The first step is to note a contrast. Whereas the surfaces of the free-standing Arcs are uniform, those of the oil-stick-and-graphite arcs show a richly modulated interplay of shape and texture, especially in their middle regions, which are enlivened by grainy mixtures of black and white signifying reflections. And along the edge where two sides of a four-sided bar meet, Venet sometimes traces a bright line to indicate an extended highlight. The clarity of these highlights gives them a similarity to the remarkably precise outlines of a drawing’s clustered forms—for these are collages. Venet draws a set of four arcs on a large sheet of paper, removes the background, and then pastes the arcs to a new sheet. Collage often generates ambiguity. Here it is used to avoid even the faintest blurring in the transition from form to background.
Readily overlooked, the edges of the collage elements endow the drawings with a physical dimension so nearly imperceptible that, once discovered, it has the effect of intensifying the frank physicality of the Arcs built of steel. The evident weightiness of these metal forms did not, it would seem, weigh on the artist. Moving with ease from four to five to seven metal arcs, Venet convinces us that, however many parts a sculpture might contain, it would still display the balance of simplicity and complexity that provides the works in this exhibition with their impact.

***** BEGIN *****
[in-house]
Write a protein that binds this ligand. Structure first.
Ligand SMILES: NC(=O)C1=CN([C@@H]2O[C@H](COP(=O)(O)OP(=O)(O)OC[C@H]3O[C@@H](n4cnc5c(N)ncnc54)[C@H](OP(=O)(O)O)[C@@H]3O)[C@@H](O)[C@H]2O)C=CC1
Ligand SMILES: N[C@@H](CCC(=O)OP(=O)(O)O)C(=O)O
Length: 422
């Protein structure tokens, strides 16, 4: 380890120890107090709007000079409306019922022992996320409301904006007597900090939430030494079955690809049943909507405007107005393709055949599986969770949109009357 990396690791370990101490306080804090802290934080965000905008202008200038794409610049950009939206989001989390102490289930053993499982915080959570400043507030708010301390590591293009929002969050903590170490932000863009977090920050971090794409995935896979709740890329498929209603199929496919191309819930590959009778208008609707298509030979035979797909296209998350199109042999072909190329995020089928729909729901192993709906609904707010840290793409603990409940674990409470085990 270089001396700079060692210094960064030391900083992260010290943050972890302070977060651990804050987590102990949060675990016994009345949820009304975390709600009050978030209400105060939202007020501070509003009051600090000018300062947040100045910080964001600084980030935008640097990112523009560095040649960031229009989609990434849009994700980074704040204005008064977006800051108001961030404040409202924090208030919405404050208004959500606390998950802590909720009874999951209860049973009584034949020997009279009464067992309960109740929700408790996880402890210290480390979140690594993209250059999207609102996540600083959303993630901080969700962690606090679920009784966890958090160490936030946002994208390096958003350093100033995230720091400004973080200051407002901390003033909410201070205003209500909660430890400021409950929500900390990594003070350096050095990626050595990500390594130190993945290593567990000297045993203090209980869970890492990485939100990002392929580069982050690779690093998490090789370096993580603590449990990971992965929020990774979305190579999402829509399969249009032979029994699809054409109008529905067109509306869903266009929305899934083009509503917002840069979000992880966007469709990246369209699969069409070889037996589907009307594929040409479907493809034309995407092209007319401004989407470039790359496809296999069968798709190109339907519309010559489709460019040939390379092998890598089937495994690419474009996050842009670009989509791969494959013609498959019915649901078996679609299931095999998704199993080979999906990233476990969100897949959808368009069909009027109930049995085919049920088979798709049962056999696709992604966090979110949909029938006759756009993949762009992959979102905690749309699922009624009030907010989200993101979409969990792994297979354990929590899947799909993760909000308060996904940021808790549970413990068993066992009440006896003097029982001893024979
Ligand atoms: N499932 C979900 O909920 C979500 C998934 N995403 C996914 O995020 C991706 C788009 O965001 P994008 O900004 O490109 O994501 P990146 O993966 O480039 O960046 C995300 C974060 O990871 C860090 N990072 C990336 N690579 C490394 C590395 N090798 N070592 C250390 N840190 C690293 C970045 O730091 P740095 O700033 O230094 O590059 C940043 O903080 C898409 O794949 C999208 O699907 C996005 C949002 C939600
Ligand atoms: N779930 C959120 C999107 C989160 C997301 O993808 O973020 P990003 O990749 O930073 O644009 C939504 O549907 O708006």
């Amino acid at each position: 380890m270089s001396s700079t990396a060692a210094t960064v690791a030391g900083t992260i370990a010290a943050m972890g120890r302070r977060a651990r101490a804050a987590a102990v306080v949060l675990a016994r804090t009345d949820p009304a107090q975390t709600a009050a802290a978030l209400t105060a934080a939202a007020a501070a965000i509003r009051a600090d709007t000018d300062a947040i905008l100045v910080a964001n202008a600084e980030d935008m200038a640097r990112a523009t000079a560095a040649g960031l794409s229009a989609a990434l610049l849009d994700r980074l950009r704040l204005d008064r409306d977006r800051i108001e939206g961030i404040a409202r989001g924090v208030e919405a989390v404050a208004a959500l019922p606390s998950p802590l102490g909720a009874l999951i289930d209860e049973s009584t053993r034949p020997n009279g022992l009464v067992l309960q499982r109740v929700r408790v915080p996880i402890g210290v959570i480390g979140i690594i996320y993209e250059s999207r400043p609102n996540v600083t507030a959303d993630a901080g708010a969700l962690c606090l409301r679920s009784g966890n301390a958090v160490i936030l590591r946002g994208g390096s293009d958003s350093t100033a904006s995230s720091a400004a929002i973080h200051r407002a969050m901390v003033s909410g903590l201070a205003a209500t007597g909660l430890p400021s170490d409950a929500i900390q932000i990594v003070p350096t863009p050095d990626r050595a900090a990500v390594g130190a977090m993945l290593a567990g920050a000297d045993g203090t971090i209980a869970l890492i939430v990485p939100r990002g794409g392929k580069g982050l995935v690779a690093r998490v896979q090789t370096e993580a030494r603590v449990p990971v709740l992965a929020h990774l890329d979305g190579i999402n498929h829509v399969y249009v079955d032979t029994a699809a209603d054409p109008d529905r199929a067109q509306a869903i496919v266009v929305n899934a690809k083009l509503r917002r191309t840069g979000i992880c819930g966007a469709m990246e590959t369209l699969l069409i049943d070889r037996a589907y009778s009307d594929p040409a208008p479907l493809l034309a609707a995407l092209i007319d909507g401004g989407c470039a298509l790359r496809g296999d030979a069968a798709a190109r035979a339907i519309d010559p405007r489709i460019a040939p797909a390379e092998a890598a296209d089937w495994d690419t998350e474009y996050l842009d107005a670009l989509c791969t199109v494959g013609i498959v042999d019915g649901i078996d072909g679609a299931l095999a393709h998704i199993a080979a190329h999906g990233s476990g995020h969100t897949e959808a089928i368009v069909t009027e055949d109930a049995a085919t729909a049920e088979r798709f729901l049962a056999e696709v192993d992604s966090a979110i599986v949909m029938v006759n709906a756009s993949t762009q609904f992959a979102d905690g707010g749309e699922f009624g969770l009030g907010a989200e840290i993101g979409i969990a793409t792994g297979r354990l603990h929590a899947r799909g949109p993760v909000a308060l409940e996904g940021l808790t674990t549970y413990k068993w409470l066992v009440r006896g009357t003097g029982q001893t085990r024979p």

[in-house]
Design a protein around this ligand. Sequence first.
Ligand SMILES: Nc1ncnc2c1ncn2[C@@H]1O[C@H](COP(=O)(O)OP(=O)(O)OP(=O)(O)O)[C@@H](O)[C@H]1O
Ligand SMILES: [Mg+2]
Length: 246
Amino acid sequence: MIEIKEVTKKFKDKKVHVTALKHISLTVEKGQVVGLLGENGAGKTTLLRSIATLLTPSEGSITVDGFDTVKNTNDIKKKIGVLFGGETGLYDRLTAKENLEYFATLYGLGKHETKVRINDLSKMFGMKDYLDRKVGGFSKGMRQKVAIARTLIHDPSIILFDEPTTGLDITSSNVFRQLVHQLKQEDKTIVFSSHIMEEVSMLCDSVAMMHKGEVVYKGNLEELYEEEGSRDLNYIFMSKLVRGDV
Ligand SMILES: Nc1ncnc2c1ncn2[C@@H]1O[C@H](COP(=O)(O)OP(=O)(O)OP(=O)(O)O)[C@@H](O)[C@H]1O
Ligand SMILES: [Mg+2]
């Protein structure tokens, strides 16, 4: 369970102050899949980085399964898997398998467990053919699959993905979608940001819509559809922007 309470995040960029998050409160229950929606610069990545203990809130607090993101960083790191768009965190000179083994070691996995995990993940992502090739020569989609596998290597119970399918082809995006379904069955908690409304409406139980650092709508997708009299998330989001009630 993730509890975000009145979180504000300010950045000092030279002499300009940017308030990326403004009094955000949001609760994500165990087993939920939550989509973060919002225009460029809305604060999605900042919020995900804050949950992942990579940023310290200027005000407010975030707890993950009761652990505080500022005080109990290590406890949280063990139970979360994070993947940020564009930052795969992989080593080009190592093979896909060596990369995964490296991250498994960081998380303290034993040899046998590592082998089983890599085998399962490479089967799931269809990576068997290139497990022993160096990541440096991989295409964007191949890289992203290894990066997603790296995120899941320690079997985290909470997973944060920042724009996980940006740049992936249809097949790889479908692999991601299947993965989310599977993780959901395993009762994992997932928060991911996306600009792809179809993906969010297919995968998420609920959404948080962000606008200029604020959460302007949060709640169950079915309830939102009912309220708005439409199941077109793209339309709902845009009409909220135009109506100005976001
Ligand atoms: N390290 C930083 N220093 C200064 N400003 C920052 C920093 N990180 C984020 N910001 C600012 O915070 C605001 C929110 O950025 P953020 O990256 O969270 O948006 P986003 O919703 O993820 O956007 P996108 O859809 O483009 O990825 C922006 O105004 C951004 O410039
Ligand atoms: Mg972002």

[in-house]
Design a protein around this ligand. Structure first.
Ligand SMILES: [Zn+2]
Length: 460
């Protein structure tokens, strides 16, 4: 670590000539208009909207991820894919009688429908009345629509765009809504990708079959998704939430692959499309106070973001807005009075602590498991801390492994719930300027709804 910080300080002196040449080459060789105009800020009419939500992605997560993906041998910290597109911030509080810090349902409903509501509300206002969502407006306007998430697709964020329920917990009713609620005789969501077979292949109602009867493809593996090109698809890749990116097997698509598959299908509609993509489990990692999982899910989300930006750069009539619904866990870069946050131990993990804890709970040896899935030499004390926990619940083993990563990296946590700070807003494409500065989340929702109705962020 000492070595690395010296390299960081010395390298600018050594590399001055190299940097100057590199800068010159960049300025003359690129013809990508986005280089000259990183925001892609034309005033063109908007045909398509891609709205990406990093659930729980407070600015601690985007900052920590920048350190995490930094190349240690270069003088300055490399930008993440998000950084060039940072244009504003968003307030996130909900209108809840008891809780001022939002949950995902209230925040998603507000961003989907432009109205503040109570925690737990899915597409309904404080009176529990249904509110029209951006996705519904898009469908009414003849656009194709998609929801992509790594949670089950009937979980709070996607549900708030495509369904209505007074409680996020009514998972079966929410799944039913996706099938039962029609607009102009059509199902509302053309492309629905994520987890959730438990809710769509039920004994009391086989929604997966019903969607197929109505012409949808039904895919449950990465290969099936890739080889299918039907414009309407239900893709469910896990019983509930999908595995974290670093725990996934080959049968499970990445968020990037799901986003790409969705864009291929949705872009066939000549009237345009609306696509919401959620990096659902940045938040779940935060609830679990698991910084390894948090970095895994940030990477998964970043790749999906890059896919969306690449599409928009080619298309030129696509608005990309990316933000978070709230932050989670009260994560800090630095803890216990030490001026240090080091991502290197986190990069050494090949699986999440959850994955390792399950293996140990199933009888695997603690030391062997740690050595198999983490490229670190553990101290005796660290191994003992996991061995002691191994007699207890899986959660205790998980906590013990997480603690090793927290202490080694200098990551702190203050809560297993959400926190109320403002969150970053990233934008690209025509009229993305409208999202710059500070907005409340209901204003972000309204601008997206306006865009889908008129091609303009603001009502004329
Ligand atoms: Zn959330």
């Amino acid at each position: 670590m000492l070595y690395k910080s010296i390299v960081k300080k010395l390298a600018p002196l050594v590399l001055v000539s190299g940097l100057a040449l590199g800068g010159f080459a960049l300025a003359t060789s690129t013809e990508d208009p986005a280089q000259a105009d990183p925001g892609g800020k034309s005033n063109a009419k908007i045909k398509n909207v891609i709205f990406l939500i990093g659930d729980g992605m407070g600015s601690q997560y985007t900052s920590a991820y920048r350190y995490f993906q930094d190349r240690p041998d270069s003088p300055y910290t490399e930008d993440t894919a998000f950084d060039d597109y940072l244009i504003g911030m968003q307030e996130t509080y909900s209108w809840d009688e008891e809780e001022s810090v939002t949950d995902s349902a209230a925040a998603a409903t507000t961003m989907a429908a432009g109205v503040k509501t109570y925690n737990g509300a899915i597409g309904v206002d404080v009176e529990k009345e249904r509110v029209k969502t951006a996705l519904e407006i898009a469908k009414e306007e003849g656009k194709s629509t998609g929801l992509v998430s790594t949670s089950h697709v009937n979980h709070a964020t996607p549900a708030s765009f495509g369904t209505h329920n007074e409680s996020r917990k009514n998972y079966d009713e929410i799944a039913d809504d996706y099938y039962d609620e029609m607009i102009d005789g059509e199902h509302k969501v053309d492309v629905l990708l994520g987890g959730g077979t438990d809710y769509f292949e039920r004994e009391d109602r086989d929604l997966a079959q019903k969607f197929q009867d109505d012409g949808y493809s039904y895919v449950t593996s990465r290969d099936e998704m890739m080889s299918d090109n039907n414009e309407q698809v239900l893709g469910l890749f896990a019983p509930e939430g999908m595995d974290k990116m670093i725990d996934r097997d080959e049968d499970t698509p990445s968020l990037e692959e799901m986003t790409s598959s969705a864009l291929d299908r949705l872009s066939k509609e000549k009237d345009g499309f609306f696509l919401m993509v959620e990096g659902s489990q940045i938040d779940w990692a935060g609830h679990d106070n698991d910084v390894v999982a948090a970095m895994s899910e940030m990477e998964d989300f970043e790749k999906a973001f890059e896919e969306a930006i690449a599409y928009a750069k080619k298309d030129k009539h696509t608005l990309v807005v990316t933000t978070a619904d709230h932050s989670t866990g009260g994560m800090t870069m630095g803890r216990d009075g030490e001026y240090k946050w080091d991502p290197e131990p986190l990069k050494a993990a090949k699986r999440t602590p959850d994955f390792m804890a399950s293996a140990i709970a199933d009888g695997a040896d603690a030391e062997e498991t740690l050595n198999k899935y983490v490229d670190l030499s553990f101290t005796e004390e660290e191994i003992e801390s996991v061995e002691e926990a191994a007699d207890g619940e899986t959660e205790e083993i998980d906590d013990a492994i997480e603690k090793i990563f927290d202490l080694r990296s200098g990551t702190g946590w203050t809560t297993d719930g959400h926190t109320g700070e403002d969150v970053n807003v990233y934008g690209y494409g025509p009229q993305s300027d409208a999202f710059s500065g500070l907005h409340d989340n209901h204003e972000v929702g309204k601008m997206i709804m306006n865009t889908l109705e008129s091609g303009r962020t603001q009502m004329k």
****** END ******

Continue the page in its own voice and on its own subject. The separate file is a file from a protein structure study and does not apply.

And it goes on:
There are infinite possibilities for arranging the arcs, yet we feel that Venet is undaunted by his options. Each piece in this series is clearly and distinctly itself and something more: a template establishing the criteria for all images of this type in whatever medium. How, then, do the sculptures in this exhibition stand in relation to the drawings? Again, it is easy to make—and to leave unquestioned—the assumption that the drawn arcs represent the sculptural ones. Yet we could just as reasonably say that it is the other way around, for Venet sees each of his mediums as equal to all the others. A drawing is an end in itself, not merely a step on the way to realizing a sculpture, nor is a small sculpture of any less importance than one of the artist’s immense outdoor pieces. In recent decades, Venet has used photomontage to visualize projects so large that, in his words, they “verge on the utopian.” Moreover, these images “are full-fledged works of art, as concrete as the sculptures that have been produced.” But how can a graphic image have the same status as the three-dimensional object it proposes? Venet has dispensed with the familiar hierarchy of genres and that raises a question: why? To answer requires a look at certain of his early works.